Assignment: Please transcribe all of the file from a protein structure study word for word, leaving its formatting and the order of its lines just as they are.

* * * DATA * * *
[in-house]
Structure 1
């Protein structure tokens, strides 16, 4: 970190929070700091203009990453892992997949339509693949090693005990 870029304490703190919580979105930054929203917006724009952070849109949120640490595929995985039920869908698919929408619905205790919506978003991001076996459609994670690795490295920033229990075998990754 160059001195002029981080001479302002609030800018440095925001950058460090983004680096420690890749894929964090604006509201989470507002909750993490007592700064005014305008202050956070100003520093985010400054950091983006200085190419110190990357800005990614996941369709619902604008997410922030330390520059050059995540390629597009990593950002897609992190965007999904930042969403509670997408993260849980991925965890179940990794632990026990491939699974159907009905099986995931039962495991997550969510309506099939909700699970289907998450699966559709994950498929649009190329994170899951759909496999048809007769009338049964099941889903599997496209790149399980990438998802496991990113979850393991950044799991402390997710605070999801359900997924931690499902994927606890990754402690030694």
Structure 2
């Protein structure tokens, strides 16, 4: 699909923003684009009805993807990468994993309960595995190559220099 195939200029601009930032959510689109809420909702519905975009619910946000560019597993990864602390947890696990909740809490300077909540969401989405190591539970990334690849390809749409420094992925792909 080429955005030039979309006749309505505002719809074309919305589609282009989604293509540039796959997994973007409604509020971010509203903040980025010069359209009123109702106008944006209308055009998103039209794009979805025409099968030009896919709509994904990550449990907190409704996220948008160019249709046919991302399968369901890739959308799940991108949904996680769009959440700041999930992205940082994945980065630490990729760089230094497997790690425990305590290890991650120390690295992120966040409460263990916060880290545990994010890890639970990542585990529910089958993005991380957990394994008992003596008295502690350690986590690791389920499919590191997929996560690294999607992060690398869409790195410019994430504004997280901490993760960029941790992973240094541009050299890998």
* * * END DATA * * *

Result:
[in-house]
Structure 1
């Protein structure tokens, strides 16, 4: 970190929070700091203009990453892992997949339509693949090693005990 870029304490703190919580979105930054929203917006724009952070849109949120640490595929995985039920869908698919929408619905205790919506978003991001076996459609994670690795490295920033229990075998990754 160059001195002029981080001479302002609030800018440095925001950058460090983004680096420690890749894929964090604006509201989470507002909750993490007592700064005014305008202050956070100003520093985010400054950091983006200085190419110190990357800005990614996941369709619902604008997410922030330390520059050059995540390629597009990593950002897609992190965007999904930042969403509670997408993260849980991925965890179940990794632990026990491939699974159907009905099986995931039962495991997550969510309506099939909700699970289907998450699966559709994950498929649009190329994170899951759909496999048809007769009338049964099941889903599997496209790149399980990438998802496991990113979850393991950044799991402390997710605070999801359900997924931690499902994927606890990754402690030694």
Structure 2
């Protein structure tokens, strides 16, 4: 699909923003684009009805993807990468994993309960595995190559220099 195939200029601009930032959510689109809420909702519905975009619910946000560019597993990864602390947890696990909740809490300077909540969401989405190591539970990334690849390809749409420094992925792909 080429955005030039979309006749309505505002719809074309919305589609282009989604293509540039796959997994973007409604509020971010509203903040980025010069359209009123109702106008944006209308055009998103039209794009979805025409099968030009896919709509994904990550449990907190409704996220948008160019249709046919991302399968369901890739959308799940991108949904996680769009959440700041999930992205940082994945980065630490990729760089230094497997790690425990305590290890991650120390690295992120966040409460263990916060880290545990994010890890639970990542585990529910089958993005991380957990394994008992003596008295502690350690986590690791389920499919590191997929996560690294999607992060690398869409790195410019994430504004997280901490993760960029941790992973240094541009050299890998």